Assessing the Effects of a Growing Electric Vehicle Fleet Using a Microscopic Travel Demand Model

 

Christine Weiss*, Michael Heilig**, Nicolai Mallig***, Bastian Chlond****, Thomas Franke*****, Tina Schneidereit****** and Peter Vortisch*******

*Institute for Transport Studies (IfV), Karlsruhe Institute of Technology (KIT), Kaiserstrasse 12, 76131 Karlsruhe, Germany
T: +4972160847737
E: christine.weiss@kit.edu

**Institute for Transport Studies (IfV), Karlsruhe Institute of Technology (KIT), Kaiserstrasse 12, 76131 Karlsruhe, Germany
E: m.heilig@kit.edu

***Institute for Transport Studies (IfV), Karlsruhe Institute of Technology (KIT), Kaiserstrasse 12, 76131 Karlsruhe, Germany
E: nicolai.mallig@kit.edu

****Institute for Transport Studies (IfV), Karlsruhe Institute of Technology (KIT), Kaiserstrasse 12, 76131 Karlsruhe, Germany
E: bastian.chlond@kit.edu

*****Institute for Multimedia and Interactive Systems, University of Luebeck, Ratzeburger Allee 160, 23562 Luebeck, Germany
E: franke@imis.uni-luebeck.de

******Cognitive and Engineering Psychology, Technical University Chemnitz, Wilhelm-Raabe-Strasse 43 , 09120 Chemnitz , Germany
E: tina.schneidereit@psychologie.tu-chemnitz.de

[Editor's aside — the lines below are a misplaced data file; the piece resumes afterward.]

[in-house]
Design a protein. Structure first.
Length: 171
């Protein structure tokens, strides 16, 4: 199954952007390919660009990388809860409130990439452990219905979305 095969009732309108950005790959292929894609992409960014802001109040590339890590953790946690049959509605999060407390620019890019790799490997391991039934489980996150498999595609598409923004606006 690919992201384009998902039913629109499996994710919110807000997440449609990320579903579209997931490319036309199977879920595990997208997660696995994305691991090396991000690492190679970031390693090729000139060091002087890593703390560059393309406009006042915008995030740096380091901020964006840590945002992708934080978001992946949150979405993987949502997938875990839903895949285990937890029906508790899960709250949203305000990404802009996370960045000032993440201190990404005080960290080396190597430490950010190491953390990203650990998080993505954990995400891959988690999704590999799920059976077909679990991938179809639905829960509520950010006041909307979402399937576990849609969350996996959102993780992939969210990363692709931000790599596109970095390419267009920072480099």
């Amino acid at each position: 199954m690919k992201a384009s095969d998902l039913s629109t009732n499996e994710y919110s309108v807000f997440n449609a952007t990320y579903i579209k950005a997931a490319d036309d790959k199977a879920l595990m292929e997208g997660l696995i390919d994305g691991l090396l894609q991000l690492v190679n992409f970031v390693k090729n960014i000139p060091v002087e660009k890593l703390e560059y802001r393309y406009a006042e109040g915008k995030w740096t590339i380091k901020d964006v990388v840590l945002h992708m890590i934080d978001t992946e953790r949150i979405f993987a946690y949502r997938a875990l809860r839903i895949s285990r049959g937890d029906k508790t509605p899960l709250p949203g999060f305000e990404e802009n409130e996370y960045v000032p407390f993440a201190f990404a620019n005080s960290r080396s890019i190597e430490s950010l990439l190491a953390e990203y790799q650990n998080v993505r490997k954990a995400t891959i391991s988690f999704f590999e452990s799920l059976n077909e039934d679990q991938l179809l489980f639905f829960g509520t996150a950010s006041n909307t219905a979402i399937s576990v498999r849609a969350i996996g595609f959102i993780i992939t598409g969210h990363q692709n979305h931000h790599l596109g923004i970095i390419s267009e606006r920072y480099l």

*******Institute for Transport Studies (IfV), Karlsruhe Institute of Technology (KIT), Kaiserstrasse 12, 76131 Karlsruhe, Germany
E: peter.vortisch@kit.edu

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Abstract

The German government seeks to increase the number of electric vehicles (EV) in the German car fleet to one million by 2020. Since some characteristics of EVs differ from conventional cars, there is an increasing need to assess the various impacts of a growing EV fleet. In this work, we have focused on possible effects related to the field of transport. We identified three important aspects and evaluated them over a period of one week using the microscopic travel demand model mobiTopp. First, we modelled the potential EV user groups of the near future by developing an EV user model; this model considers both interest in EVs and suitability for EV usage. Second, we simulated the travel behaviour of EV users; we used an EV usage model to consider the restrictions of EVs in choice decisions and also compared the usage behaviour of EV and conventional cars users. Third, we analysed the power consumption of the simulated EVs and evaluated the load peaks based on the simulated travel patterns. Our results indicate that a growing EV fleet implies a more heterogeneous distribution of EVs among car owners. They also indicate that the trip chain length of battery electric vehicles (BEVs) is much lower than that of extended range electric vehicles (EREVs) and conventional cars on average.

Keywords: electric vehicles, vehicle ownership, car usage, agent based model, travel demand model